When you’re trying to sell something, especially technology, it can be tempting to make long lists of facts and technical specs: the storage capacity, the number of years of development, the size of the programming team.
All those are useful, but they don’t really sell anything. Logic isn’t what sells.
What really works when you’re selling
The real “sales star” isn’t hard, cold facts. It’s something else entirely.
Something you may not have thought of.
Stories and emotions.
Stories, especially with an emotional punch, sell art. They sell books. And they sell your business too.
We’re hardwired for feelings and stories more than facts. The emotional charge people get from a story helps them remember you, think well of you, and like you.
The story of the painter and the leopard
For example, this one from Canvoo (Clint Watson, the author of the post, used to run an art gallery):
Richard Iams (one of the artists he represented), occasionally painted wildlife. Once, he hired a handler to bring in a leopard (for reference photos). However, the leopard had other ideas, broke away, and leaped on top of Richard. Luckily, he was a large fellow, managed to stay upright, and escaped without harm.
Clint says he sold a lot of paintings telling that story.
Why? Because it made his painting memorable. It also gave the buyers a great story to repeat to their friends.. That made them feel good too. And then those friends could pass the story on to their friends.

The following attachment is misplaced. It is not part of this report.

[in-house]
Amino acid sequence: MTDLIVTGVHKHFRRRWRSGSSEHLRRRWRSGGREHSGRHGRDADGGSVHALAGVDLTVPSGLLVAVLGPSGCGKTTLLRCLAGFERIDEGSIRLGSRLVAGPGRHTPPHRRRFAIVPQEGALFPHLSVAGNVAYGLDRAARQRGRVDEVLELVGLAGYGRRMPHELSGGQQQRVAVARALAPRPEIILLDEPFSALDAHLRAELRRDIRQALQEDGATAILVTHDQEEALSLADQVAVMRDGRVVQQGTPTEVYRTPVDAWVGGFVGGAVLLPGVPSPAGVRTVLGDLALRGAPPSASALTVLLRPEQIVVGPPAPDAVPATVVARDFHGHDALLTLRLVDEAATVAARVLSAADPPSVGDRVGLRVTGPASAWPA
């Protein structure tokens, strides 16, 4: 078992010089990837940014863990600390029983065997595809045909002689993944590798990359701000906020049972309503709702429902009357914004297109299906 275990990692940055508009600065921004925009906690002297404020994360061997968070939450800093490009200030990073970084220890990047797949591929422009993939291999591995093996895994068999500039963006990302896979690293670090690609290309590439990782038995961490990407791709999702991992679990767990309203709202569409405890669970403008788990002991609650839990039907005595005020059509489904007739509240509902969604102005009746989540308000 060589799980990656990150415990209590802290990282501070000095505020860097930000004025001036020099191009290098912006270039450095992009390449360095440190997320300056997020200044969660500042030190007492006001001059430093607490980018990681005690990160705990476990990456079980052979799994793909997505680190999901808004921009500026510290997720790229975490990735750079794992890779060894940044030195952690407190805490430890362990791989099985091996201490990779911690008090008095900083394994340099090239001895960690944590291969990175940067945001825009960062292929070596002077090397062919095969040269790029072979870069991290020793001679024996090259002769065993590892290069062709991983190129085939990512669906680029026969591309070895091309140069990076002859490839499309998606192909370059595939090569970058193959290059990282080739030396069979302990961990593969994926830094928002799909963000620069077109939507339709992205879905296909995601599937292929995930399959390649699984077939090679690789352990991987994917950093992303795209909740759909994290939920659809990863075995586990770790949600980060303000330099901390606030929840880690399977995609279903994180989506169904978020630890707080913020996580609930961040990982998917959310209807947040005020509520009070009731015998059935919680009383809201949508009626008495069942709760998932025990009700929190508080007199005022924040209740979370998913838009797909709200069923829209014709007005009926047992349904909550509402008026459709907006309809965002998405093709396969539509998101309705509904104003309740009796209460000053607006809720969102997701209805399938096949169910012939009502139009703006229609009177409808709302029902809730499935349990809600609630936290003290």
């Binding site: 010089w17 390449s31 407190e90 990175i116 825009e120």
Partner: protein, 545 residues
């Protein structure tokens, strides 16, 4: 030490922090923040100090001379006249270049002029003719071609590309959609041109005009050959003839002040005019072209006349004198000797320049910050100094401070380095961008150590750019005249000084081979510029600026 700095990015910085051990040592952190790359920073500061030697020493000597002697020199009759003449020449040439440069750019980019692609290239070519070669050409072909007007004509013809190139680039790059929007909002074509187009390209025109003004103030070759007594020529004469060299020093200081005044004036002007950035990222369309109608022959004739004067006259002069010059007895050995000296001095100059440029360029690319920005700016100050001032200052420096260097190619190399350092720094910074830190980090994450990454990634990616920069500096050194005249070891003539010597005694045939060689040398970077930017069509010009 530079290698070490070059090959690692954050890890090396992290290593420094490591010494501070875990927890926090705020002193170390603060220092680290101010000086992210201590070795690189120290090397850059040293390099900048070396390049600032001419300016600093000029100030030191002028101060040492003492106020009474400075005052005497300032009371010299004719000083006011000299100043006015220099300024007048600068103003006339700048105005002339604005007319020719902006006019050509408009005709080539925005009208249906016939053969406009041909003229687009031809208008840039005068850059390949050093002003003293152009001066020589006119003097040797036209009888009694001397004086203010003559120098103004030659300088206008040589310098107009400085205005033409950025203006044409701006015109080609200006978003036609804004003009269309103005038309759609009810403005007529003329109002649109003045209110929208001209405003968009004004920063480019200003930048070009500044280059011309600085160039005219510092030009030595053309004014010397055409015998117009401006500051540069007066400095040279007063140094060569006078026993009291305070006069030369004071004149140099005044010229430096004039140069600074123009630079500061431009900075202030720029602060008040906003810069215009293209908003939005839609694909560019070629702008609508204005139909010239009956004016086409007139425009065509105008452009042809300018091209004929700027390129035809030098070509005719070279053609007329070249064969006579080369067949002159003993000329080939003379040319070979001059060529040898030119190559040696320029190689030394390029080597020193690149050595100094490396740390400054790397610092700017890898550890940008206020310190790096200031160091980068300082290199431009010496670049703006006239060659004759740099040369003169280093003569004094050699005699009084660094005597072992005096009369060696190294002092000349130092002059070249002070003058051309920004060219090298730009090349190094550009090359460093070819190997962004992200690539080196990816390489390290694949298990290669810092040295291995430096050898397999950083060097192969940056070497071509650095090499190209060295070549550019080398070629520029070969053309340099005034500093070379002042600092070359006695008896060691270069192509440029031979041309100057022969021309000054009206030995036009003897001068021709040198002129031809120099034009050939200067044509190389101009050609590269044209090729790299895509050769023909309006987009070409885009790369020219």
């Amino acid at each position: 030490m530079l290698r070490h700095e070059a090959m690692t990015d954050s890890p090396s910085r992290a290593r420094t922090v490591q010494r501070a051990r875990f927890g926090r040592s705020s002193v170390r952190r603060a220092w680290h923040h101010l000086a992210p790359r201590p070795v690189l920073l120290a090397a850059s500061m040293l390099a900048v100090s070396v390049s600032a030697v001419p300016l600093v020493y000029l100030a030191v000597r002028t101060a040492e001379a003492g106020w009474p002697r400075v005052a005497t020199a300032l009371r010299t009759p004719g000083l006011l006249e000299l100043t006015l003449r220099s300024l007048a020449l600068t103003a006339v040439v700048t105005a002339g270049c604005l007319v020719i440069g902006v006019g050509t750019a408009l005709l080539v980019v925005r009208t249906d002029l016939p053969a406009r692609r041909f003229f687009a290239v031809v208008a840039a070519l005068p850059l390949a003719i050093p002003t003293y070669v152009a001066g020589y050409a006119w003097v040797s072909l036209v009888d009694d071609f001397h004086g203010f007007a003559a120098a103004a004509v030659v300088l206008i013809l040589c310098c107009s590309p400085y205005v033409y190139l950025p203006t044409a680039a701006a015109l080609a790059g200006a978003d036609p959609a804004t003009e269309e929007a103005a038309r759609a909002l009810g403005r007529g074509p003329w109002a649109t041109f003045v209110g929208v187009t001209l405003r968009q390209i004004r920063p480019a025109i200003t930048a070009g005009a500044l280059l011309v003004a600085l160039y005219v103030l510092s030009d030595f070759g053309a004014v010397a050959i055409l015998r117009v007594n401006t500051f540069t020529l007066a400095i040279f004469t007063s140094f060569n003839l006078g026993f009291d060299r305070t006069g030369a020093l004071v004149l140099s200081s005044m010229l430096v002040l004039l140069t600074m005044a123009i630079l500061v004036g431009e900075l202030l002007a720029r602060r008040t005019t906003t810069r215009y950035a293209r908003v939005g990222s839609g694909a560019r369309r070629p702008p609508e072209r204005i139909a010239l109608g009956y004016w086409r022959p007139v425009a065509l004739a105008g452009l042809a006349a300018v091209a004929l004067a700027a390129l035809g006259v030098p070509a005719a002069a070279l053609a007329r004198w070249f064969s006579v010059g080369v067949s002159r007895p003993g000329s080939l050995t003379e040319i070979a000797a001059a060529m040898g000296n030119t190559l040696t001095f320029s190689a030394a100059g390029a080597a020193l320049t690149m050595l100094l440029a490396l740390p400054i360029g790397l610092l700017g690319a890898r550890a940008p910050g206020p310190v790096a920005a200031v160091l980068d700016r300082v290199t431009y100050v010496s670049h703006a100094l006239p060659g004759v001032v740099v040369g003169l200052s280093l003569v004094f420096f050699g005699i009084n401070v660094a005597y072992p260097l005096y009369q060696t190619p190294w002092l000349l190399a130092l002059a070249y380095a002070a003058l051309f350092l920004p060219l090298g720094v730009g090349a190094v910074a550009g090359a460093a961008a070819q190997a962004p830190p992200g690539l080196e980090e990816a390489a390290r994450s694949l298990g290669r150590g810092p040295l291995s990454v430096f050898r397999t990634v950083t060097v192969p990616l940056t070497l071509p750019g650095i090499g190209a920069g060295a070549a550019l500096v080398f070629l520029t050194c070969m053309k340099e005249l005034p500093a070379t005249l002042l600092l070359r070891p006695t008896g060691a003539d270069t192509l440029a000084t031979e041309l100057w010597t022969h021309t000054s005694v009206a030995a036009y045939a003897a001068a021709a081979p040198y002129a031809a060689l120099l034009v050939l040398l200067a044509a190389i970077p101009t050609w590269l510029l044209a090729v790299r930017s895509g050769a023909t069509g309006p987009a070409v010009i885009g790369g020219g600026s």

Inside the artist’s studio
Here’s another one from Clint’s post:
Brian Kleiwer started telling little stories (via email) to his “tribe” about each painting he created. He’d talk about what he was thinking, how he felt at the time, the music he liked to listen to – things that made a connection between himself, his painting, and his tribe. He sold 82 paintings in around 100 days.
Someone on Amazon bought a copy of a physics textbook. The copy he received had missing pages. He wrote a review on the site, complaining bitterly. The author saw the review, got on a plane (during the holiday season), and personally delivered a brand-new corrected copy of the book.
Emotions beat logic
I guarantee that the people who bought those paintings and the man who bought the textbook all told their friends, their families, and their colleagues the stories about the art and the book.
Were Richard’s paintings suddenly “better”? No, he sold more because the paintings and artwork now came with a good story, which buyers could pass on to their friends and be entertained by.
Brian didn’t suddenly get more talented either. Posting the videos and the behind-the-scenes thoughts created bond between himself and his buyers. People weren’t just buying from an artist, they were buying from a friend; a person they now had an emotional connection with.
Same with the physics textbook. That author went above and beyond any standard expectation of service. He now has a good story too. I bet he sold a lot more textbooks after that!
Telling a story is far more effective than reciting lists of tech specs or rational reasons to buy something (even with tech-oriented businesses). People buy what makes them feel better.
What stories can you tell about your business? And how are you making emotional connections with your clients?